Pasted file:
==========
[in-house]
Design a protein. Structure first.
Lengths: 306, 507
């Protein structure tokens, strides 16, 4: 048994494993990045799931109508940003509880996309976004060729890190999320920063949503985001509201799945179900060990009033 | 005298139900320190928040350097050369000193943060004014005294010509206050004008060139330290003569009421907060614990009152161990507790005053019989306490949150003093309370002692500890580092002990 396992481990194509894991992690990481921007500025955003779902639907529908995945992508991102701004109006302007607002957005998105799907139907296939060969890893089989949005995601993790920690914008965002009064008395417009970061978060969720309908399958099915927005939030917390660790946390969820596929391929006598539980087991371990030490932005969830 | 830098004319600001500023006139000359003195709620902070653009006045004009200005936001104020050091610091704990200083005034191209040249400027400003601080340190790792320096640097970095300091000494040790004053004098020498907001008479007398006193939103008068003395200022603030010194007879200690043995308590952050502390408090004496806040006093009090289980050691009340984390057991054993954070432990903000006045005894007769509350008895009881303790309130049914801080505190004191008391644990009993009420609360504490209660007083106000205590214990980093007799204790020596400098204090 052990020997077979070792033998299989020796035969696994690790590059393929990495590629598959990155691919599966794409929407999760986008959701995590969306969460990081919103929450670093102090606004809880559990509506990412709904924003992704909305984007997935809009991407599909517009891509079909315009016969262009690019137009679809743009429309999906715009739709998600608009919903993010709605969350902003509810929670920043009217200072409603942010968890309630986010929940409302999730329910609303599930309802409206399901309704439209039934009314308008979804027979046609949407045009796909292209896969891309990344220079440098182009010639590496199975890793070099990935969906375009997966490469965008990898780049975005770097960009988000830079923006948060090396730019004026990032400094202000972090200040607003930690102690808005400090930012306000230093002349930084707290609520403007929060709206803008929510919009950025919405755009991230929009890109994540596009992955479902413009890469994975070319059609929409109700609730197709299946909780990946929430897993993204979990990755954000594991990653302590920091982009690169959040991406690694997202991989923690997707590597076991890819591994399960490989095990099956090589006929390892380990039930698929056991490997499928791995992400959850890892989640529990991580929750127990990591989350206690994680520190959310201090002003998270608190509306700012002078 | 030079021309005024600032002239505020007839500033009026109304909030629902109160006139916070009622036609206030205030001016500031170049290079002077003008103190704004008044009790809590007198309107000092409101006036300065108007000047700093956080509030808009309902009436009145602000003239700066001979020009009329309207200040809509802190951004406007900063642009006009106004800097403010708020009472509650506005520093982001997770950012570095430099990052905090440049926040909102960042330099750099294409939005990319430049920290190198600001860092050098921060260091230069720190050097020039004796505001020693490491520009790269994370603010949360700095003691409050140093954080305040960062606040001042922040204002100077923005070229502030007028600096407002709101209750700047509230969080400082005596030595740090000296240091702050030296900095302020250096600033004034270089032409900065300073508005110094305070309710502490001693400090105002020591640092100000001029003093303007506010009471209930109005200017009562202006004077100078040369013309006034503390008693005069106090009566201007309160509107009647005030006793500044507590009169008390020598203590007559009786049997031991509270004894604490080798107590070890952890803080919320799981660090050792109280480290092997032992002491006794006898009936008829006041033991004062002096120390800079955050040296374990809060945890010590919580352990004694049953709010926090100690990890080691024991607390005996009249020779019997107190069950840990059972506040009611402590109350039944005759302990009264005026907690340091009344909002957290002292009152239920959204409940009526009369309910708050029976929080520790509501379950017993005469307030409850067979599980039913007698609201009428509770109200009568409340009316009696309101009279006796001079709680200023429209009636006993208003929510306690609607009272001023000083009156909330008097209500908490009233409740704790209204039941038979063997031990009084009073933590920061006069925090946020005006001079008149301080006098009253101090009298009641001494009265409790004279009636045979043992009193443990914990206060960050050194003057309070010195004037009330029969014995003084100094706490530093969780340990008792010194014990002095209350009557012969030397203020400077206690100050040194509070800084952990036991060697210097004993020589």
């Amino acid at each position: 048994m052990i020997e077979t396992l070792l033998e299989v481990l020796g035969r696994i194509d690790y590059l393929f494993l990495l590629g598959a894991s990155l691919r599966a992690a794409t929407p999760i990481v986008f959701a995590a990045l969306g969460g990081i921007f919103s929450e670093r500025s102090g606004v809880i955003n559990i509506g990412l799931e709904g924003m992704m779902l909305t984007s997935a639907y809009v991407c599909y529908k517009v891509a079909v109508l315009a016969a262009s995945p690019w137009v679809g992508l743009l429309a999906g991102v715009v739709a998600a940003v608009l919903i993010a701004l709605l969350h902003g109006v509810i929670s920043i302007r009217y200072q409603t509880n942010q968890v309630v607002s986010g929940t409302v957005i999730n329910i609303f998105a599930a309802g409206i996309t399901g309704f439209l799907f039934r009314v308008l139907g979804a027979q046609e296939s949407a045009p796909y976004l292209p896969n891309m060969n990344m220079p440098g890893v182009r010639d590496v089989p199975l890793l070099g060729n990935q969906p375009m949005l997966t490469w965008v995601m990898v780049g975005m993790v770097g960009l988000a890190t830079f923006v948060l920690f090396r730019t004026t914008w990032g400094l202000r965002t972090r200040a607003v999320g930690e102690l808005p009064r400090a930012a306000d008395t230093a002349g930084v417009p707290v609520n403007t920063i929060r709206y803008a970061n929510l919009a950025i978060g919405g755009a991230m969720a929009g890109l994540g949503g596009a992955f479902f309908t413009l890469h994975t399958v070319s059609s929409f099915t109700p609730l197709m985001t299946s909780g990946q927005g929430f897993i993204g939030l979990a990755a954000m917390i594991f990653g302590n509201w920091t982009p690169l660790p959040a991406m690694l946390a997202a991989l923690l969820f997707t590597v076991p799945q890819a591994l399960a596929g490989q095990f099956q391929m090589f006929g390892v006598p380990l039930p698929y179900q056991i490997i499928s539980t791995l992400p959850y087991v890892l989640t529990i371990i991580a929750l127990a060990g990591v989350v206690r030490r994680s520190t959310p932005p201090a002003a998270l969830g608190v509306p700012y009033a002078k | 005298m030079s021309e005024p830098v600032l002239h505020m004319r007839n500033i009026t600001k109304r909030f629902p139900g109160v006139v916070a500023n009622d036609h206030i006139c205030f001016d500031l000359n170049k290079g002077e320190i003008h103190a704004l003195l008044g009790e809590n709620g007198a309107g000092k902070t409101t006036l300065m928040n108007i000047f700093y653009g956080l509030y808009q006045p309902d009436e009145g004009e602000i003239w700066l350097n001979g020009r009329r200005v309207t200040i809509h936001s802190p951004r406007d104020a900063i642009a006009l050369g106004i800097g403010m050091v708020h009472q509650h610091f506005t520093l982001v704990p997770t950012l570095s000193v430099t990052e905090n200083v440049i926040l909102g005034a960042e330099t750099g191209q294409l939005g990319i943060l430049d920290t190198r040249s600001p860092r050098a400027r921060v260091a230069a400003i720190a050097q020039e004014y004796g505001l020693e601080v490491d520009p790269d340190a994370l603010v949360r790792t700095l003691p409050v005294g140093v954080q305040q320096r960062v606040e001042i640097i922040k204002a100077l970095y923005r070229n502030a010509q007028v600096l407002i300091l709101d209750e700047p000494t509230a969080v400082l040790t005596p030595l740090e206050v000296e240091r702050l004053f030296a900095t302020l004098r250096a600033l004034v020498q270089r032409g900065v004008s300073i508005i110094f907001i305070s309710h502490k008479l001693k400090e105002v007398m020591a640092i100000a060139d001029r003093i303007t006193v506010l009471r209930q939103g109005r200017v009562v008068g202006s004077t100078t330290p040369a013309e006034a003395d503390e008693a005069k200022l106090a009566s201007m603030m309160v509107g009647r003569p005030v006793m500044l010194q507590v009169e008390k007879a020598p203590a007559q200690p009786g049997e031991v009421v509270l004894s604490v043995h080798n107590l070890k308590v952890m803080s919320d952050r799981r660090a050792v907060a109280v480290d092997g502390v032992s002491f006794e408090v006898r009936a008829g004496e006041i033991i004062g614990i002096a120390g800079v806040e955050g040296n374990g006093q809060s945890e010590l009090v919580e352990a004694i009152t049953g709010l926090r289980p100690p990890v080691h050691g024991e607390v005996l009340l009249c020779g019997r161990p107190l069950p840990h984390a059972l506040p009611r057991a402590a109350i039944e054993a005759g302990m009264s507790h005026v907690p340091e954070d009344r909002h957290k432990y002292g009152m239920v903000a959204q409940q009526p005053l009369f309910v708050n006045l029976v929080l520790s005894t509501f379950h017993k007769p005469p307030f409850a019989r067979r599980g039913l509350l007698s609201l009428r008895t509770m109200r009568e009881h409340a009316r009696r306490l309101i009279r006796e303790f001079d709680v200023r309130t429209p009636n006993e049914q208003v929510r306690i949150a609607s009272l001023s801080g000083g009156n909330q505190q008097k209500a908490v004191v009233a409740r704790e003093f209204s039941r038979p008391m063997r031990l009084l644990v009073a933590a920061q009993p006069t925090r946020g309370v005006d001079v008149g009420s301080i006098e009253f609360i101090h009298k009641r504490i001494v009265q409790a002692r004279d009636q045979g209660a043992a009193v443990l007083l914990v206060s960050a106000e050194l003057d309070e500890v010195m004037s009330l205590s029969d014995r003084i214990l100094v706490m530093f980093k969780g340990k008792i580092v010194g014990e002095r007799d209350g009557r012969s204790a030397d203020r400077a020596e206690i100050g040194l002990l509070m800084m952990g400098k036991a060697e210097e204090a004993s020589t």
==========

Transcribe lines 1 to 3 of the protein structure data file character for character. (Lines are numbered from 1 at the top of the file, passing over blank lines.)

[in-house]
Design a protein. Structure first.
Lengths: 306, 507